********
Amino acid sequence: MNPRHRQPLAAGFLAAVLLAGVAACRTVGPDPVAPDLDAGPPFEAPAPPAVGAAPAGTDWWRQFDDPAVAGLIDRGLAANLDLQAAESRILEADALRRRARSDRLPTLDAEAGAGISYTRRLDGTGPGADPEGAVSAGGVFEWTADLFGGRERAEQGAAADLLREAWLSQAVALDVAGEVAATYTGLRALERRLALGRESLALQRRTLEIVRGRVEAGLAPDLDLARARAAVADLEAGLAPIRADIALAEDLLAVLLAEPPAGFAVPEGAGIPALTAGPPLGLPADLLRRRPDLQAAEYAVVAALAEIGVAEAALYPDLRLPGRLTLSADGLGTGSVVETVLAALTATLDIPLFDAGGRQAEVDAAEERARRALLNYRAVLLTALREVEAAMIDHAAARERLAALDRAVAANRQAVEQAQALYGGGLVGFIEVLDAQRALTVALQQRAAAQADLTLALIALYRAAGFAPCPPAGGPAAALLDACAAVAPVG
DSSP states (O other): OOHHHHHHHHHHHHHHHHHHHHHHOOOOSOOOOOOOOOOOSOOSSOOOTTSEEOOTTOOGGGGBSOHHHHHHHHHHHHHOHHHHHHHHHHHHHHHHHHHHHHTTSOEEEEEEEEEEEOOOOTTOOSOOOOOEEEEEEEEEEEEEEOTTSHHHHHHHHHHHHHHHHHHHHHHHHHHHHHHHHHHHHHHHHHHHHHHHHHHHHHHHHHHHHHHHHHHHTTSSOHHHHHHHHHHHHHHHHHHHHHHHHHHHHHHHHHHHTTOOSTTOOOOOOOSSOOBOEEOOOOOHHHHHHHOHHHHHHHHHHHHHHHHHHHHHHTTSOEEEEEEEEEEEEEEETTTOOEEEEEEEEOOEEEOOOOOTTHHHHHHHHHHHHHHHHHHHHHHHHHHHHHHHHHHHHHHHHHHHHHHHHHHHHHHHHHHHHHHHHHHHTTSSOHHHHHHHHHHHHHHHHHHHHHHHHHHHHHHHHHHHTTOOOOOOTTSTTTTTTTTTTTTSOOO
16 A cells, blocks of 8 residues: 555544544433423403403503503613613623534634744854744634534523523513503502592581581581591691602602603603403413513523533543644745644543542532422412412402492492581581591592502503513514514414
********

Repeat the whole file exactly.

Amino acid sequence: MNPRHRQPLAAGFLAAVLLAGVAACRTVGPDPVAPDLDAGPPFEAPAPPAVGAAPAGTDWWRQFDDPAVAGLIDRGLAANLDLQAAESRILEADALRRRARSDRLPTLDAEAGAGISYTRRLDGTGPGADPEGAVSAGGVFEWTADLFGGRERAEQGAAADLLREAWLSQAVALDVAGEVAATYTGLRALERRLALGRESLALQRRTLEIVRGRVEAGLAPDLDLARARAAVADLEAGLAPIRADIALAEDLLAVLLAEPPAGFAVPEGAGIPALTAGPPLGLPADLLRRRPDLQAAEYAVVAALAEIGVAEAALYPDLRLPGRLTLSADGLGTGSVVETVLAALTATLDIPLFDAGGRQAEVDAAEERARRALLNYRAVLLTALREVEAAMIDHAAARERLAALDRAVAANRQAVEQAQALYGGGLVGFIEVLDAQRALTVALQQRAAAQADLTLALIALYRAAGFAPCPPAGGPAAALLDACAAVAPVG
DSSP states (O other): OOHHHHHHHHHHHHHHHHHHHHHHOOOOSOOOOOOOOOOOSOOSSOOOTTSEEOOTTOOGGGGBSOHHHHHHHHHHHHHOHHHHHHHHHHHHHHHHHHHHHHTTSOEEEEEEEEEEEOOOOTTOOSOOOOOEEEEEEEEEEEEEEOTTSHHHHHHHHHHHHHHHHHHHHHHHHHHHHHHHHHHHHHHHHHHHHHHHHHHHHHHHHHHHHHHHHHHHTTSSOHHHHHHHHHHHHHHHHHHHHHHHHHHHHHHHHHHHTTOOSTTOOOOOOOSSOOBOEEOOOOOHHHHHHHOHHHHHHHHHHHHHHHHHHHHHHTTSOEEEEEEEEEEEEEEETTTOOEEEEEEEEOOEEEOOOOOTTHHHHHHHHHHHHHHHHHHHHHHHHHHHHHHHHHHHHHHHHHHHHHHHHHHHHHHHHHHHHHHHHHHHTTSSOHHHHHHHHHHHHHHHHHHHHHHHHHHHHHHHHHHHTTOOOOOOTTSTTTTTTTTTTTTSOOO
16 A cells, blocks of 8 residues: 555544544433423403403503503613613623534634744854744634534523523513503502592581581581591691602602603603403413513523533543644745644543542532422412412402492492581581591592502503513514514414